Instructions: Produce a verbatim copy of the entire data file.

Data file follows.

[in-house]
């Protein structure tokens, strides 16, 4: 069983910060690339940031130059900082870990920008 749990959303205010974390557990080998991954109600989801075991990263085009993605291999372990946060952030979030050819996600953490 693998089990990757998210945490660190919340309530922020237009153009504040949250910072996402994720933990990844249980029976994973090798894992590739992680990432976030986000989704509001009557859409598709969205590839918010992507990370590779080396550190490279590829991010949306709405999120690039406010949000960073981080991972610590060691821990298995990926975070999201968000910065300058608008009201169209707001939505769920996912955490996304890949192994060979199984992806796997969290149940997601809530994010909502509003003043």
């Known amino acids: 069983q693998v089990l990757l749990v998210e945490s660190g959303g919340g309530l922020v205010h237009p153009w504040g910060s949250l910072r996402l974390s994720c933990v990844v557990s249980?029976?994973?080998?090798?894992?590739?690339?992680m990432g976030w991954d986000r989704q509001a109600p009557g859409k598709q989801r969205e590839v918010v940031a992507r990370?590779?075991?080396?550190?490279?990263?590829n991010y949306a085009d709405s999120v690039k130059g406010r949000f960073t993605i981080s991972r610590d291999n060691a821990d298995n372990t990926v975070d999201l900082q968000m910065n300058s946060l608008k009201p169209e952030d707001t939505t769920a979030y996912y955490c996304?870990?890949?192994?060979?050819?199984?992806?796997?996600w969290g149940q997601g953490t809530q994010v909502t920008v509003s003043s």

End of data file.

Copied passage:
[in-house]
């Protein structure tokens, strides 16, 4: 069983910060690339940031130059900082870990920008 749990959303205010974390557990080998991954109600989801075991990263085009993605291999372990946060952030979030050819996600953490 693998089990990757998210945490660190919340309530922020237009153009504040949250910072996402994720933990990844249980029976994973090798894992590739992680990432976030986000989704509001009557859409598709969205590839918010992507990370590779080396550190490279590829991010949306709405999120690039406010949000960073981080991972610590060691821990298995990926975070999201968000910065300058608008009201169209707001939505769920996912955490996304890949192994060979199984992806796997969290149940997601809530994010909502509003003043």
């Known amino acids: 069983q693998v089990l990757l749990v998210e945490s660190g959303g919340g309530l922020v205010h237009p153009w504040g910060s949250l910072r996402l974390s994720c933990v990844v557990s249980?029976?994973?080998?090798?894992?590739?690339?992680m990432g976030w991954d986000r989704q509001a109600p009557g859409k598709q989801r969205e590839v918010v940031a992507r990370?590779?075991?080396?550190?490279?990263?590829n991010y949306a085009d709405s999120v690039k130059g406010r949000f960073t993605i981080s991972r610590d291999n060691a821990d298995n372990t990926v975070d999201l900082q968000m910065n300058s946060l608008k009201p169209e952030d707001t939505t769920a979030y996912y955490c996304?870990?890949?192994?060979?050819?199984?992806?796997?996600w969290g149940q997601g953490t809530q994010v909502t920008v509003s003043s």